Table of Contents
- 1 Group Discussion at Movies on Chatham
- 2 DO MOVIES SPEAK FOR THEMSELVES?
- 3 Changing Times
Group Discussion at Movies on Chatham
The product of the movie industry is a story . . . told primarily in visual imagery and movement, and . . . dialogue. The movie shares the function of all storytelling, of all literature, of all theater: that of a comment on some phase of existence.
—Hortense Powdermaker (1950)*
A point of view can be a dangerous luxury when substituted for insight and understanding.
—Marshall McLuhan (1962)*
DO MOVIES SPEAK FOR THEMSELVES?
Movies on Chatham publishes monthly research articles and essays on movies, typically according to a theme sequence, earning reader support as an important source of insight and critical thought on what films communicate to their audiences.
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In the spring, we explored propaganda by watching movies either about the topic, or by watching movies that purposefully and strategically present only one side of a more complicated issue.
Of course, propaganda can be used to influence either positive or negative outcomes. Yet, we know that whether a film is considered positive or negative often depends on the perspective or bias of the viewer.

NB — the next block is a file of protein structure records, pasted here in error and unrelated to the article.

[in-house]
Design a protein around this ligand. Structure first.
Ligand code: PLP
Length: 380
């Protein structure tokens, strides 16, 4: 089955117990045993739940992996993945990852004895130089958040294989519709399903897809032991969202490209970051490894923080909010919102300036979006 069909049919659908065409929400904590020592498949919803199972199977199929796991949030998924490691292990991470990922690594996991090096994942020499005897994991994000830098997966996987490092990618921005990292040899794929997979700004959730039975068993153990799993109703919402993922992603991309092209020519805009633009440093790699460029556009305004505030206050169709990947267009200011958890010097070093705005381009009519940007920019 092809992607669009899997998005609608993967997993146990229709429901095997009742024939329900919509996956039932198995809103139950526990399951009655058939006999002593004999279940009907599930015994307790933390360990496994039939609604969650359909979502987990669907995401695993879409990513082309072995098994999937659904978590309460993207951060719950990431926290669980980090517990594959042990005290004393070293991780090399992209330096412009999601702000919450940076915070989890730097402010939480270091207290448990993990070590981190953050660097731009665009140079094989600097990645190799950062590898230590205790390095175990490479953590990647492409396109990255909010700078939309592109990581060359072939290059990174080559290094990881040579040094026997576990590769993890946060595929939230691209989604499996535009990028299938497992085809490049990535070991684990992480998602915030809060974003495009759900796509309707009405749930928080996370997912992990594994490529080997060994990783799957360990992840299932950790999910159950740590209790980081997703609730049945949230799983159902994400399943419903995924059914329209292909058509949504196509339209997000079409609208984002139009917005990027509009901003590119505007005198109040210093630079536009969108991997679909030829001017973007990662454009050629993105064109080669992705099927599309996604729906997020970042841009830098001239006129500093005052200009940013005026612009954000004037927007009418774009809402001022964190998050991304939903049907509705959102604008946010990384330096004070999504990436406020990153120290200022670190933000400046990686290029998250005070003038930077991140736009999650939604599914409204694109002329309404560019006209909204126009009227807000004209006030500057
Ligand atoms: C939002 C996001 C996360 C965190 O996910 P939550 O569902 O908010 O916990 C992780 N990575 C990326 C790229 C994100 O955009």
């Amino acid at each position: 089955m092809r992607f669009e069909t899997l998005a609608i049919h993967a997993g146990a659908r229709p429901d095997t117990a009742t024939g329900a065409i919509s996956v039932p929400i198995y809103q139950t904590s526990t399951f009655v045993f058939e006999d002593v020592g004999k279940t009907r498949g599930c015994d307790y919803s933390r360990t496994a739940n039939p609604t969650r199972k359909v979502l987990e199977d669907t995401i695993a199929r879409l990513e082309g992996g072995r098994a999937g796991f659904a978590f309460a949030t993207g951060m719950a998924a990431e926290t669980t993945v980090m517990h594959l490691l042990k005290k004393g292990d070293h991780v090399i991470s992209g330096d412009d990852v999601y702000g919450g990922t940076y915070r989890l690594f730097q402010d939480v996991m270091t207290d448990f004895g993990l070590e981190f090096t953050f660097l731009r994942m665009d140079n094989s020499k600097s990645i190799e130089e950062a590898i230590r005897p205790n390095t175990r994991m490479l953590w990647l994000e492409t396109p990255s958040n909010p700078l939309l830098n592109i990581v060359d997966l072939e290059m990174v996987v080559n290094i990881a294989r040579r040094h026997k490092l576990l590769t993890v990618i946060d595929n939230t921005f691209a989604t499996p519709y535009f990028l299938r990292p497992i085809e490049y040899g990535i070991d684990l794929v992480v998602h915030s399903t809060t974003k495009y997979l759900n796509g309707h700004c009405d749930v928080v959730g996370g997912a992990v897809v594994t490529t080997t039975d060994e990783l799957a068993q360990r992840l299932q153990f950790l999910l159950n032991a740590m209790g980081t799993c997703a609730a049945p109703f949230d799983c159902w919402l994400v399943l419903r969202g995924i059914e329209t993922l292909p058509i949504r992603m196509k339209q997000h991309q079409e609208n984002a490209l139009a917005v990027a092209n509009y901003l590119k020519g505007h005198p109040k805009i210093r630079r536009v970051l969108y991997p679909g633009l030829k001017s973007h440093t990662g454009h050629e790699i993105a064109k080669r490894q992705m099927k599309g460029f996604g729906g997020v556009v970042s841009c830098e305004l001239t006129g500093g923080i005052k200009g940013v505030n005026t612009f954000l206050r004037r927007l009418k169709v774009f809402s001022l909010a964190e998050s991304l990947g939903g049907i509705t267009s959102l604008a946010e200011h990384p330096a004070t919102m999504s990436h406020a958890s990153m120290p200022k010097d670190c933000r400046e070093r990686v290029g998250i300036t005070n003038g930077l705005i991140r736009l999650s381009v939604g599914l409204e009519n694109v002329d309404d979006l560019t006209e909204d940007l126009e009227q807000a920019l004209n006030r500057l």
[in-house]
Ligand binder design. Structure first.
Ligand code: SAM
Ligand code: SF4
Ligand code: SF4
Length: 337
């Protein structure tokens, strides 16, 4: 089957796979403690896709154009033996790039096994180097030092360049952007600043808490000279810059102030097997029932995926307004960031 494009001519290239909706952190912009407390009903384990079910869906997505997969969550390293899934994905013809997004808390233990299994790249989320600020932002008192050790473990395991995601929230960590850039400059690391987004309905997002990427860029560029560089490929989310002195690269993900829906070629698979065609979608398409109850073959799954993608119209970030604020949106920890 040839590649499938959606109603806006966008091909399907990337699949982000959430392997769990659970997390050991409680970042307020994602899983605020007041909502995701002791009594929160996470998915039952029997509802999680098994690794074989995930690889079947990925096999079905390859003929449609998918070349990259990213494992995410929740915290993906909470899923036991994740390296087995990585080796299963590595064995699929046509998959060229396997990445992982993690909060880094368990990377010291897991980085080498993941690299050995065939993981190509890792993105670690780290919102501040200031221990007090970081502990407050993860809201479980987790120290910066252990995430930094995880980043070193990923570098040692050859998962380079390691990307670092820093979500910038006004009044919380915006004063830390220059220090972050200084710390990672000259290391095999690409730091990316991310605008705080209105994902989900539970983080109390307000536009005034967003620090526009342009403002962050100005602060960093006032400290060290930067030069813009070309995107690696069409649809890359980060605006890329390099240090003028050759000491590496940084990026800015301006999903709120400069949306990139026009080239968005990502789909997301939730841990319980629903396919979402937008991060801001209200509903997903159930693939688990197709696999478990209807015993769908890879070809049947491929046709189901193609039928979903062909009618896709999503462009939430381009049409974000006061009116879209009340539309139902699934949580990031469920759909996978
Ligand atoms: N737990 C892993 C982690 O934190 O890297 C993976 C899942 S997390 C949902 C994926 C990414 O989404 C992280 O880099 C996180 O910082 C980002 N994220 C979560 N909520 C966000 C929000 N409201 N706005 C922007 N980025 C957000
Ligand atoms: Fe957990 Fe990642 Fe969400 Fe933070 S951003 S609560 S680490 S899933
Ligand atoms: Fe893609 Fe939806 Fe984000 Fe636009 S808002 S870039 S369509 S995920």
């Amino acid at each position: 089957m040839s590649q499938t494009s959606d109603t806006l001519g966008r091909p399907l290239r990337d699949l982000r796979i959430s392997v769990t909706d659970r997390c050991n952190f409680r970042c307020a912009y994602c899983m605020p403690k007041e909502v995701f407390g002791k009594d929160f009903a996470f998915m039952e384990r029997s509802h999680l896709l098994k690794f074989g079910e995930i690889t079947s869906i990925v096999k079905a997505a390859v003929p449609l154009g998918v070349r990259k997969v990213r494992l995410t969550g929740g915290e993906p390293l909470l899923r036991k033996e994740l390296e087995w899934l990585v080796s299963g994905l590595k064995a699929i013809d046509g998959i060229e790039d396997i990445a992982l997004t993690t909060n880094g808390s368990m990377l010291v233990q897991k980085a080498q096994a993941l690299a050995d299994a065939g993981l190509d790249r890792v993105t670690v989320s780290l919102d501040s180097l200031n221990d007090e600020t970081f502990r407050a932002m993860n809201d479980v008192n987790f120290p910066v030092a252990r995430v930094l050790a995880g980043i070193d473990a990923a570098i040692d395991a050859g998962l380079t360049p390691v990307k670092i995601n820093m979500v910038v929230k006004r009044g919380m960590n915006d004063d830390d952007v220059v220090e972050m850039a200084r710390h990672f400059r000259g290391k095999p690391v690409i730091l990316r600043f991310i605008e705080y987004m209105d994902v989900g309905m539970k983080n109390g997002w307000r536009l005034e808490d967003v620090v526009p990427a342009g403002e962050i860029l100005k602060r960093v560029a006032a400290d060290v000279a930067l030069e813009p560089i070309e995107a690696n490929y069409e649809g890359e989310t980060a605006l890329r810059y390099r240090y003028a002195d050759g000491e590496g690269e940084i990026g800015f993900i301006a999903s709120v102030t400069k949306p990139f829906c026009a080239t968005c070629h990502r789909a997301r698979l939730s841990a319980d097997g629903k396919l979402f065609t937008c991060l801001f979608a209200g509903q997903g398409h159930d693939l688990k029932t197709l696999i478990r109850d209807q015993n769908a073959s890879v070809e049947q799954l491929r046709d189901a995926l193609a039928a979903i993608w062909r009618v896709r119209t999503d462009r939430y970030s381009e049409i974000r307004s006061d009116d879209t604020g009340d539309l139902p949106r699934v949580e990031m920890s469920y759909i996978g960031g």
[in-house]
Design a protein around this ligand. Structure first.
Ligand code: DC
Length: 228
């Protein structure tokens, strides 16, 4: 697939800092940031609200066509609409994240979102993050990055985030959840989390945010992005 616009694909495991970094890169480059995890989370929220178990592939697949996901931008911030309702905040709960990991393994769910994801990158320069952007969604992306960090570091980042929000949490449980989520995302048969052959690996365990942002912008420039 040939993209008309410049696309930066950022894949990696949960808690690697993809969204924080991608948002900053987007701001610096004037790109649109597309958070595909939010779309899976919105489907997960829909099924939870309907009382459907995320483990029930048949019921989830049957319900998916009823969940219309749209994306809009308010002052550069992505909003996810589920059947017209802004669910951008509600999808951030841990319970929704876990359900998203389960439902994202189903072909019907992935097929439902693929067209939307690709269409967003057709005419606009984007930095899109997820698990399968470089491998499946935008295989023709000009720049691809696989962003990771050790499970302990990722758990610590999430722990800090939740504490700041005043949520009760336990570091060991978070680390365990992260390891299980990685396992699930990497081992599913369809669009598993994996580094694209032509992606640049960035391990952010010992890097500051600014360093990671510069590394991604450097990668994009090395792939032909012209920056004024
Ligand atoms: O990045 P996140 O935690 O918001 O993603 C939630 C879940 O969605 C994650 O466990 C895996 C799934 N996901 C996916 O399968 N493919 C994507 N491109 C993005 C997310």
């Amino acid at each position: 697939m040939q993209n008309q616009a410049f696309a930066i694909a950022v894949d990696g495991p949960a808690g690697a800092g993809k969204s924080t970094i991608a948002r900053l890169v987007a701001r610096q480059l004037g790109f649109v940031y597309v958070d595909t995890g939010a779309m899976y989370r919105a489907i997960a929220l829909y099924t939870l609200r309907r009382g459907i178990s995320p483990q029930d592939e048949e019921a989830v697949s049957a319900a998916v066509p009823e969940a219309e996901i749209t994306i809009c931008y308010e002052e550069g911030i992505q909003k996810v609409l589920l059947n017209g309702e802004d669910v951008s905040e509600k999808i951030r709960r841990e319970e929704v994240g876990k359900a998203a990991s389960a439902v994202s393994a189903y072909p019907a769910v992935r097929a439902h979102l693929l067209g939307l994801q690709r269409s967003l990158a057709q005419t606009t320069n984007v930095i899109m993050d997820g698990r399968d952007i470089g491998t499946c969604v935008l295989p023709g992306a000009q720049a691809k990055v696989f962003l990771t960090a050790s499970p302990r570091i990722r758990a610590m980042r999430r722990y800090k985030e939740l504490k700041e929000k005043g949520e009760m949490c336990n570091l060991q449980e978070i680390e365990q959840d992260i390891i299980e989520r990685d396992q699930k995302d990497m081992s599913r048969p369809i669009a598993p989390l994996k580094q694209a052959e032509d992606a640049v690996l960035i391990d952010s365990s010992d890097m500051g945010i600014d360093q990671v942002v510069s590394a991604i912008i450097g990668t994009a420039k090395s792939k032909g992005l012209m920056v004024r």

This fall, we discuss the (possibly unwitting) influence of movies on societal attitudes and behavior at a cultural moment. Our focus on “Changing Times” considers that, apart from any direct pressure to do so, we adapt and change our world view and/or behavior in light of new knowledge, changing technologies and social norms.
Or, do people always tend to respond to a movie based on earlier established sensibilities?
Our December movie, Book Club (Holderman, 2018) presents a group of four women who are changing themselves right in front of us in the present day. Sometimes our societal changes come with such swift and profound effects that we just need to step back and laugh about it.
This is a comedy film starring some of our all-time favorite funny women, including Atlanta’s own Jane Fonda (9 to 5), along with Diane Keaton (Annie Hall, As Good as It Gets), Candice Bergen (Murphy Brown), star of one of our longest-running TV sitcoms, and Mary Steenburgen (Melvin and Howard, The Help).
What do you notice that is NOT evidence of changing times in this movie! We’d love to hear from you as you watch it along with us this month.
2018 Fall Schedule
1957 Drama 157 mins
1963 Drama 113 mins
1990 Drama 126 mins
2018 Drama 144 mins
Holderman, B. (Director) (2018). Book Club [Motion Picture]. USA: Paramount Pictures.
McLuhan, M. (1962). The Gutenberg galaxy: The Making of typographic man. Toronto: University of Toronto Press.
Powdermaker, H. (1950). Hollywood, the dream factory: An Anthropologist looks at the movie-makers (1st Ed.). Boston: Little, Brown.
|Located in Atlanta, Georgia, film capital of the South, Movies on Chatham provides monthly film critiques to a public audience.|